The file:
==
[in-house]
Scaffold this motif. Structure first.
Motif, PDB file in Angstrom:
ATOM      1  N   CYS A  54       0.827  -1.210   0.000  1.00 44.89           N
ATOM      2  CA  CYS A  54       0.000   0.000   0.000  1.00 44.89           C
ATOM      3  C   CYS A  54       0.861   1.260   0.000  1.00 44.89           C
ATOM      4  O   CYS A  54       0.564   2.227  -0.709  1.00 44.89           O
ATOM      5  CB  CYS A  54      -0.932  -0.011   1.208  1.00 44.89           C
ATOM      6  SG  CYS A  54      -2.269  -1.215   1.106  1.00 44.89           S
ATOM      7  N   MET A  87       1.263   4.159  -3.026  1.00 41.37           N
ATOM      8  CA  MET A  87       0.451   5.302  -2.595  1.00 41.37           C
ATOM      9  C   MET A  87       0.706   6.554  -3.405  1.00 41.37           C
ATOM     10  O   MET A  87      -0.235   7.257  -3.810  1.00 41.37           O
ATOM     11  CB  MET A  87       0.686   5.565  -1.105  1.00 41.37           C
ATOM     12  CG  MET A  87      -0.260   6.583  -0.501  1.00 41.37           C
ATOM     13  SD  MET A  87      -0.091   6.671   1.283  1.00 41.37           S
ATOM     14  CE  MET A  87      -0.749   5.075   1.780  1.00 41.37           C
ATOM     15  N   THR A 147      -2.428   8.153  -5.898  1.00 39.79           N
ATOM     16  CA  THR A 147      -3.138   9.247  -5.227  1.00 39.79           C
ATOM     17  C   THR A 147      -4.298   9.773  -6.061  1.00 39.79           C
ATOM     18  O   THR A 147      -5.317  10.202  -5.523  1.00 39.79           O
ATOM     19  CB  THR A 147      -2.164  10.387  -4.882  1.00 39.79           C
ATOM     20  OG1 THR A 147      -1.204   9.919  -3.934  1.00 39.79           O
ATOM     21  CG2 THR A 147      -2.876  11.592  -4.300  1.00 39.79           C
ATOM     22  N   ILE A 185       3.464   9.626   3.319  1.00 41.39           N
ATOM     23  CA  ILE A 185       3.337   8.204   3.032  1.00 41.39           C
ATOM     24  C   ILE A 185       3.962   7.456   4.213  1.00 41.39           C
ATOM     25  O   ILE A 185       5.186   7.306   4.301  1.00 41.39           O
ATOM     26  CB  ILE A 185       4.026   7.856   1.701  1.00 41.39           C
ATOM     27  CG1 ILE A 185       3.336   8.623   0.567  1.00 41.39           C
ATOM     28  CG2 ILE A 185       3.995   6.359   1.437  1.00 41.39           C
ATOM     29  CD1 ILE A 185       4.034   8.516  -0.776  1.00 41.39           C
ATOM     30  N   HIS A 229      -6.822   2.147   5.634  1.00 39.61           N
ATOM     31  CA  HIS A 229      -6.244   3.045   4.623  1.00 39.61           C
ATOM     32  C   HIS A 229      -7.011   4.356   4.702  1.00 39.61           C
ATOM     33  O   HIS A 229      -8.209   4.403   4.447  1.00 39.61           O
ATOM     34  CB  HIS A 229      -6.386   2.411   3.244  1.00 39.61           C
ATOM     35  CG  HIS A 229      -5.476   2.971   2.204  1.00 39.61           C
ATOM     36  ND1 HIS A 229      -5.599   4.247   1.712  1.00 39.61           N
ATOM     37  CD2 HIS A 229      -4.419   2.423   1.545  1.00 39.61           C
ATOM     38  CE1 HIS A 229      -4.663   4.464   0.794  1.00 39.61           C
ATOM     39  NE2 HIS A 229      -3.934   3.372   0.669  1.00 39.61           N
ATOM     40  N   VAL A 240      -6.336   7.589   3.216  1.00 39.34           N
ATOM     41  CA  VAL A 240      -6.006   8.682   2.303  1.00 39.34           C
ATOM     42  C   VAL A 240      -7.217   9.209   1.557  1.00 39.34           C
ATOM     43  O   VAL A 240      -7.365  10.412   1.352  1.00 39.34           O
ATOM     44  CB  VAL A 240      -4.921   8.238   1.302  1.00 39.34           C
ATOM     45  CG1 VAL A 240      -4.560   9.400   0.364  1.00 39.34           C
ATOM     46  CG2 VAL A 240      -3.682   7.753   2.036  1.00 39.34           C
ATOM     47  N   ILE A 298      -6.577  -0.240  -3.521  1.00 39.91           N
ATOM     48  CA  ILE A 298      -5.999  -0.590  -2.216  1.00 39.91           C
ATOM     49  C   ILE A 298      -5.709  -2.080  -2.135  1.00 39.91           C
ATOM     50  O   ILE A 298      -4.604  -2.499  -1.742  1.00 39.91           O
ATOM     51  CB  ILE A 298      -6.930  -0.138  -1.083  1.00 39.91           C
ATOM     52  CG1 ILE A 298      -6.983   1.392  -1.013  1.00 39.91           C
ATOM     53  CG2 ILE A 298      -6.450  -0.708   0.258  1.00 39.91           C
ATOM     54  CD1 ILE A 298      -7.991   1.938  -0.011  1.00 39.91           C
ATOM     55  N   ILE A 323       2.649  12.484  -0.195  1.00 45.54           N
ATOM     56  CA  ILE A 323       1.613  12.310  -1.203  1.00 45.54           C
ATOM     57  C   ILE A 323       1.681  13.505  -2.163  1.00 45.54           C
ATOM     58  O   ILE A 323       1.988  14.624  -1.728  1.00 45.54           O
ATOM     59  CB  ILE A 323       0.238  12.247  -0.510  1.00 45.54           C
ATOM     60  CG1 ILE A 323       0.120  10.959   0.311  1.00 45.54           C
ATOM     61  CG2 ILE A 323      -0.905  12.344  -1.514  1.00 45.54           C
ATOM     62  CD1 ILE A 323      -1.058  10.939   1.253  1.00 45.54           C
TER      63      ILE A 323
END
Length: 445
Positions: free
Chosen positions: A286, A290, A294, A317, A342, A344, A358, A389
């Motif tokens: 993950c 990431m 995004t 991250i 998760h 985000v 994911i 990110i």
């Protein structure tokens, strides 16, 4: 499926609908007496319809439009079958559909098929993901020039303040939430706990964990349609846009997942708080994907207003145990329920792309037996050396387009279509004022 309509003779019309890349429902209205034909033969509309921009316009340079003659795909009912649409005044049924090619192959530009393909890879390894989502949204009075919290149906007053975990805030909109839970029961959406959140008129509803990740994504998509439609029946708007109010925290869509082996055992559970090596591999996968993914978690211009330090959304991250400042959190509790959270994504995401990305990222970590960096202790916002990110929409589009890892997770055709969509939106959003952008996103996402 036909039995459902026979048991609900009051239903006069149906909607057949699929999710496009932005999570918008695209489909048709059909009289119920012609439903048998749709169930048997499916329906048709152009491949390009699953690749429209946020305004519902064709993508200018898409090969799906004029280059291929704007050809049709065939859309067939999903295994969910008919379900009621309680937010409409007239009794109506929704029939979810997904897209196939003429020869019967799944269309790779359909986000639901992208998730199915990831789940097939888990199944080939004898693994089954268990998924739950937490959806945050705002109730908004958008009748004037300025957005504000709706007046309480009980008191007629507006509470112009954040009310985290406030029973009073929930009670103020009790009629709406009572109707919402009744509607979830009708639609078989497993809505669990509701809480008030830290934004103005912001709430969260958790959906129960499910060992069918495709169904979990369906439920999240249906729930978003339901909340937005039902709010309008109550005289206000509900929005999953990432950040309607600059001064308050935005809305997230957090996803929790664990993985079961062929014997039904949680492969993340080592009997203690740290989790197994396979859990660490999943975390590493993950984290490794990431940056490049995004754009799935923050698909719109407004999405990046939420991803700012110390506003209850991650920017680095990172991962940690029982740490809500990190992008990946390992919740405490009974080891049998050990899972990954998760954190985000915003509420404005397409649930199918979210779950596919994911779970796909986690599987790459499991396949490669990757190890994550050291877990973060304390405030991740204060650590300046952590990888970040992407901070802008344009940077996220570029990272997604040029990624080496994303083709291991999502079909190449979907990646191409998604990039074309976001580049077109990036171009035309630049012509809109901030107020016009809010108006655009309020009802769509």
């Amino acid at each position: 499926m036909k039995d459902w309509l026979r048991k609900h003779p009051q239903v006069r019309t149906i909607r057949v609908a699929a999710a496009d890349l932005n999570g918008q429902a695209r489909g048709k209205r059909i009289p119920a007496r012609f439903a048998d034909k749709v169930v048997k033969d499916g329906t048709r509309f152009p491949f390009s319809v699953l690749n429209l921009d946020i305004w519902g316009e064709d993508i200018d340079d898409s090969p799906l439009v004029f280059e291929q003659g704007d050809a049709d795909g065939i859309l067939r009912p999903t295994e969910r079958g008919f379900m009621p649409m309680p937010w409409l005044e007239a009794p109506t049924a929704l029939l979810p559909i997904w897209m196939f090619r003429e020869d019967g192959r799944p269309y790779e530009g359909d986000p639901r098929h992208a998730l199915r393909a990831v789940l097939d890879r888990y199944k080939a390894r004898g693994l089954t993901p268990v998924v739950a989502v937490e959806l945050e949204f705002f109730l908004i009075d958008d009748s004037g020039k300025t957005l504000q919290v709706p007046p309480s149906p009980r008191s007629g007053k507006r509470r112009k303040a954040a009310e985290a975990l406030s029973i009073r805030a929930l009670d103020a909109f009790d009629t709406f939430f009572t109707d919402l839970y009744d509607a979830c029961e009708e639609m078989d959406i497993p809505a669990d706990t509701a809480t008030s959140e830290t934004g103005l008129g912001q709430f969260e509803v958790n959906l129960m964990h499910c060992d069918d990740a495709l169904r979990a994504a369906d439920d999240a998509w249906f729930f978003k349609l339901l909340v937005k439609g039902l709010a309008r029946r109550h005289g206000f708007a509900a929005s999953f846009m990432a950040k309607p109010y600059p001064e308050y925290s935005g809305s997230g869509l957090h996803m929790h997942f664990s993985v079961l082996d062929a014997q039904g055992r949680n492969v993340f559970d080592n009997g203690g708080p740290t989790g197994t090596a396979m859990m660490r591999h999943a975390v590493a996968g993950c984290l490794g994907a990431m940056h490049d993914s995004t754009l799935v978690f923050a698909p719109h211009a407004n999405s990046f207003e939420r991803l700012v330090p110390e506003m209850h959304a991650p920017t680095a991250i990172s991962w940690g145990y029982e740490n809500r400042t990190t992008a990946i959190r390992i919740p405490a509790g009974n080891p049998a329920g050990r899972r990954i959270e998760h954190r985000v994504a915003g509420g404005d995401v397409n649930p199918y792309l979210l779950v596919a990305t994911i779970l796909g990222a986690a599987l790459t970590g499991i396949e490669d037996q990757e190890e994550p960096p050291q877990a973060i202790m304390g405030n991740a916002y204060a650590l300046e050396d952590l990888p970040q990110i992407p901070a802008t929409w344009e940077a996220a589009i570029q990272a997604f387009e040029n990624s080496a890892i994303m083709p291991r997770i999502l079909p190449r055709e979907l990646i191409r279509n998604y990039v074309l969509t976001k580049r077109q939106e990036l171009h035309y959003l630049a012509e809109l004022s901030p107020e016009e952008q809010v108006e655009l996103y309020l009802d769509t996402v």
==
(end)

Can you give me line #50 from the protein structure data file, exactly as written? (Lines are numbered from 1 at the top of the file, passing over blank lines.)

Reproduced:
ATOM     47  N   ILE A 298      -6.577  -0.240  -3.521  1.00 39.91           N